A wrongful and unbalanced belief system usually contributes to codependent relationships. How you think about your relationships and the beliefs you carry may have so distorted the truth, you are now bound by the lies that you actually live. The enemy of our soul is a liar and a deceiver, but the ability of God’s Word to give discernment, clarity, direction, hope, wisdom, and changed thinking are evident. We are transformed by the renewing of our minds (Rom. 12:2) and the washing of His Word (Eph. 5:26). Just as the rain softens the ground and we can more easily weed the garden, in the same way, truth has a way of softening our “heart ground” and allows God to remove the things that tend to choke out life. He is a faithful gardener, but when our hearts are hard and closed, He usually just gets what’s at the surface and not down to the root of the matter. Allow His grace and truth to wash over every part of who you are. The result will be new life and not only that, but one of greater abundance.

Step 4 – Exercise the Will: The Role of Accountability and Breaking the Power of Your Fear

While owning the problem, addressing damaged emotions, and having a renewed mind are all important, by themselves, they are not enough. Concrete and proactive steps must be taken through confession, repentance, obedience, and accountability. Every journey really does begin with a first step. Committed action is usually the result of strong conviction. It’s the evidence that indicates we are ready to move on and beyond the past. The Apostle Paul told the Philippians he was, “forgetting what lies behind and reaching forward to what lies ahead” (3:13). The truth, however, is that most of us cannot do it alone—we need someone to walk with us. A friend once told me that accountability is the breakfast of champions, but too many of us skip the most important meal of the day. Isolation is Satan’s primary tactic to take out any believer. We just become easier targets. In 1 Kings 4, we see a description of Solomon’s key officials. Embedded in this list is a priest named Zabud, who is called, “the king’s friend” (NASB). Here is the wisest man who ever lived, who had the insight to have someone part of his inner circle who apparently served the primary role of friend. Who is your Zabud? Find that person and ask them to prayerfully consider taking this journey with you—not as an enabling deterrent, but as an accountability partner.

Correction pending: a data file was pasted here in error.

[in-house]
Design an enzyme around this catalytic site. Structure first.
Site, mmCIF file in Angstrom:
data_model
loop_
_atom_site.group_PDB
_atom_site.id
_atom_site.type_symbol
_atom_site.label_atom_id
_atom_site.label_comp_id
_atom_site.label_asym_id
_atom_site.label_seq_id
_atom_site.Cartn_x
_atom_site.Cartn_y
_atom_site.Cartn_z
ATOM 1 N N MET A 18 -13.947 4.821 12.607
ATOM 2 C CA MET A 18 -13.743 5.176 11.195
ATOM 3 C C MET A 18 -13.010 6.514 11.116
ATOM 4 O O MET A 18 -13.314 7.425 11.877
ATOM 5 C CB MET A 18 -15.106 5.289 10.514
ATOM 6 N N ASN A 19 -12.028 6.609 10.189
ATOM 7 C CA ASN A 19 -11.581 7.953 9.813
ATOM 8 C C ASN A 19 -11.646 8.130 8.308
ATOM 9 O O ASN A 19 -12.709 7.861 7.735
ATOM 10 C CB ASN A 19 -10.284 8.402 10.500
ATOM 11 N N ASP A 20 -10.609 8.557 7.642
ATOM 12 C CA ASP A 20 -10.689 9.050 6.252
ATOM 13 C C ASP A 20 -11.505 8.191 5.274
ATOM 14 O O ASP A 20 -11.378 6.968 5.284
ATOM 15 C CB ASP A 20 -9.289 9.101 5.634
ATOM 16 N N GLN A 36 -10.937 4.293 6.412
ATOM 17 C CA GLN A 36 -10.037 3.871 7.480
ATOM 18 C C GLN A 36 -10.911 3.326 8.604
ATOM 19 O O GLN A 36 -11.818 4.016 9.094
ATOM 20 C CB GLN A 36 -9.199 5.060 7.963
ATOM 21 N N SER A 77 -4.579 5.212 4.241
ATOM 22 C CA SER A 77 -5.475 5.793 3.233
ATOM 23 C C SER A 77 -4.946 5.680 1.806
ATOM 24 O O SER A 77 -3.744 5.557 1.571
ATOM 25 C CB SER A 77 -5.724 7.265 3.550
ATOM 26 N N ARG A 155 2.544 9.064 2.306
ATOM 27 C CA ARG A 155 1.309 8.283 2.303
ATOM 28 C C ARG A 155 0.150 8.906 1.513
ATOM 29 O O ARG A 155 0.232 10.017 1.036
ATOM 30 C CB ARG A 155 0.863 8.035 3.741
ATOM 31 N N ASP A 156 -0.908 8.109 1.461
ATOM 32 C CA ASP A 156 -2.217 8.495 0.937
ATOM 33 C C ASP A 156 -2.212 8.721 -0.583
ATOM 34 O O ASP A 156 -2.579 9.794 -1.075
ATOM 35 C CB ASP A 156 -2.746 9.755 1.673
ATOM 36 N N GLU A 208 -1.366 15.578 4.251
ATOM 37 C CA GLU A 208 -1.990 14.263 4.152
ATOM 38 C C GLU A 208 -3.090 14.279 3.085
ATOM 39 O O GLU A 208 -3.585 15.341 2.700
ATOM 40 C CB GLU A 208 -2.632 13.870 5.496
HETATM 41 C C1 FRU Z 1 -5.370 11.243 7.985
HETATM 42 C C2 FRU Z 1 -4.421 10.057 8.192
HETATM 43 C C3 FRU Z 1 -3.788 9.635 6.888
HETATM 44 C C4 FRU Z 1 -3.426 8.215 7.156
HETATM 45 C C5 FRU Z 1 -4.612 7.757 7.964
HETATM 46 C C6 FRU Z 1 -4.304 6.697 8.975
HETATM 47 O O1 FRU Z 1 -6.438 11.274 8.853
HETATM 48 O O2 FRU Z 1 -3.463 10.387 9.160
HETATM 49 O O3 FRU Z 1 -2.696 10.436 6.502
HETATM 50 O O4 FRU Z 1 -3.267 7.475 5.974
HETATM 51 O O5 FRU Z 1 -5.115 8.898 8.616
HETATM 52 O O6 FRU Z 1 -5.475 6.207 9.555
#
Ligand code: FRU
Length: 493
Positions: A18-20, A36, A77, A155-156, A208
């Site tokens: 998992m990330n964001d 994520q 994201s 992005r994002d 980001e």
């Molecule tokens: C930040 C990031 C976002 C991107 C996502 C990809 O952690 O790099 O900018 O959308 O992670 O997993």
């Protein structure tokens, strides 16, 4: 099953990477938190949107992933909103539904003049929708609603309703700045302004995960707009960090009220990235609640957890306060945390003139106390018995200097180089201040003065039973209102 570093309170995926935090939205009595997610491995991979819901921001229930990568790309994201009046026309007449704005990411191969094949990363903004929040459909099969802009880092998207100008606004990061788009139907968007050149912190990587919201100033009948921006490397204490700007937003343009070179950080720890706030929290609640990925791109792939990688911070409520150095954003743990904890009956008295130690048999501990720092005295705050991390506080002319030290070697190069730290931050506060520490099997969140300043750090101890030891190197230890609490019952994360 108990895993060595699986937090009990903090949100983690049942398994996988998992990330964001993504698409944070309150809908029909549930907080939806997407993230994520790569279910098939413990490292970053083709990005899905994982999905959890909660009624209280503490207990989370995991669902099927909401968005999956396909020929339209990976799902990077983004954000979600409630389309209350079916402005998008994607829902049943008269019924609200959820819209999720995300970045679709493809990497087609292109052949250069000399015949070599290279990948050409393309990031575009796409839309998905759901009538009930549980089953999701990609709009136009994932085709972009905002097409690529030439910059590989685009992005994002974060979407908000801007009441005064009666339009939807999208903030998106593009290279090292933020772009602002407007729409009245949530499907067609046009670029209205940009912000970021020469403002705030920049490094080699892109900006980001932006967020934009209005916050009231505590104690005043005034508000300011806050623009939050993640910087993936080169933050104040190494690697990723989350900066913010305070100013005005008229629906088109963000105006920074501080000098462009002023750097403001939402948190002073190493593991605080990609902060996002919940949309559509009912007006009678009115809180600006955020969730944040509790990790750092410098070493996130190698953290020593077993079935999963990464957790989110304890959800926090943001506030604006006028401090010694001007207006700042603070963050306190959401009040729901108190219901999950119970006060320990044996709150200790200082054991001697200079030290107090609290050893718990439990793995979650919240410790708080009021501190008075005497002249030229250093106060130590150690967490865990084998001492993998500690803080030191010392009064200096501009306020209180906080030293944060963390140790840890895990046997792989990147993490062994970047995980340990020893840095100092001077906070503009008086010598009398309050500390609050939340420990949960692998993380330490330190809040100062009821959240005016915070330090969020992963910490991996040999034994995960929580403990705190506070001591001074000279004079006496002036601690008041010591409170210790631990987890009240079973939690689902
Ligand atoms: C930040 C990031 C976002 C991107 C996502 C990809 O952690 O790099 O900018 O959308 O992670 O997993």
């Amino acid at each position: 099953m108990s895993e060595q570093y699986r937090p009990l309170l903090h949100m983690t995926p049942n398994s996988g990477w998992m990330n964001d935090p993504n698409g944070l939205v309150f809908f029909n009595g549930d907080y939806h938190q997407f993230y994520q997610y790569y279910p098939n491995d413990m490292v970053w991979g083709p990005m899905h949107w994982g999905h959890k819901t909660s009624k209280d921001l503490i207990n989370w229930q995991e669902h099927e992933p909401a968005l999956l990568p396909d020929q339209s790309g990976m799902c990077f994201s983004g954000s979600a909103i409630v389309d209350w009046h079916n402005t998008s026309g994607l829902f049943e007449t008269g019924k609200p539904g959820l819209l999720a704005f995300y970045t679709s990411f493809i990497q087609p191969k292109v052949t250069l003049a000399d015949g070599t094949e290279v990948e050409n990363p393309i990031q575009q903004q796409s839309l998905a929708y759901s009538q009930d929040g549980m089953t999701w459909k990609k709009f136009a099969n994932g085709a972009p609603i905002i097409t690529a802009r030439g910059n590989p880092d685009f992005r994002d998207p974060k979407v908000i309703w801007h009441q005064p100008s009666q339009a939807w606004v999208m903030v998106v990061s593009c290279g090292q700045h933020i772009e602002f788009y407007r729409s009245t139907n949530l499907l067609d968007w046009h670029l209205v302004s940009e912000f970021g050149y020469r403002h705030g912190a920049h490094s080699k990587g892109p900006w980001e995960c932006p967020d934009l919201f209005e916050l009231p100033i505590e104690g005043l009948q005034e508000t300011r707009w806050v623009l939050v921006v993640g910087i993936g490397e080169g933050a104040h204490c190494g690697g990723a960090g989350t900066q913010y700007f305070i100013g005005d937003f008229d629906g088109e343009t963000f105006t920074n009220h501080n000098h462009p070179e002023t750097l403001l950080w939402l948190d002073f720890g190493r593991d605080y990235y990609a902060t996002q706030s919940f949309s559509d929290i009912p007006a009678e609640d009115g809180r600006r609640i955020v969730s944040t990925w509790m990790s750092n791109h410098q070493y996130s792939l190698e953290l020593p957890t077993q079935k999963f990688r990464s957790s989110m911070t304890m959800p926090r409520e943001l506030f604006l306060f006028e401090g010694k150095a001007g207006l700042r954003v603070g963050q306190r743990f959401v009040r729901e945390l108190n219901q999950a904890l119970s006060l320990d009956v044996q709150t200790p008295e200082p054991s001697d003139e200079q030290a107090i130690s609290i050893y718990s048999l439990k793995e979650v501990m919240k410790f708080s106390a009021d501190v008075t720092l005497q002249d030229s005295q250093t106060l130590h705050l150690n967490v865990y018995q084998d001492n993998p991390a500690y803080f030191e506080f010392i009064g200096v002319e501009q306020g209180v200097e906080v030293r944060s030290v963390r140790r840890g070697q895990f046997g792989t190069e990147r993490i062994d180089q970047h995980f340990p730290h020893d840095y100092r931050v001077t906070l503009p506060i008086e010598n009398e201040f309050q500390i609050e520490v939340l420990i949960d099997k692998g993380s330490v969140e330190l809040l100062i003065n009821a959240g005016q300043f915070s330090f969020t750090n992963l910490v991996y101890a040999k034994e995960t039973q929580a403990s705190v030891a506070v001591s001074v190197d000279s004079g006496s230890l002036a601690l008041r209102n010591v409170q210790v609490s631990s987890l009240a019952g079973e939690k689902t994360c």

God is an expert at mending broken hearts and broken relationships. Yet, it’s within the brokenness where He can usually be found and where He draws the closest to us. “The sacrifices of God are a broken spirit; a broken and a contrite heart, O God, You will not despise” (Ps. 51:17).

Eric Scalise, PhD, currently serves as Senior Vice President and Chief Strategy Officer (CSO) with Hope for the Heart. He is also the President of LIV Consulting, LLC, the former Senior Vice President for the American Association of Christian Counselors (AACC) and former Department Chair for Counseling Programs at Regent University. Dr. Scalise is a Licensed Professional Counselor and a Licensed Marriage & Family Therapist with over 42 years of clinical and professional experience in the mental health field, and he served six years on the Virginia Board of Counseling under two governors. Specialty areas include professional/pastoral stress and burnout, combat trauma and PTSD, marriage and family issues, grief and loss, addictions and recovery, leadership development, and lay counselor training. He is a published author, adjunct professor at several Christian universities, conference speaker, and frequently works with organizations, clinicians, ministry leaders, and churches on a variety of issues.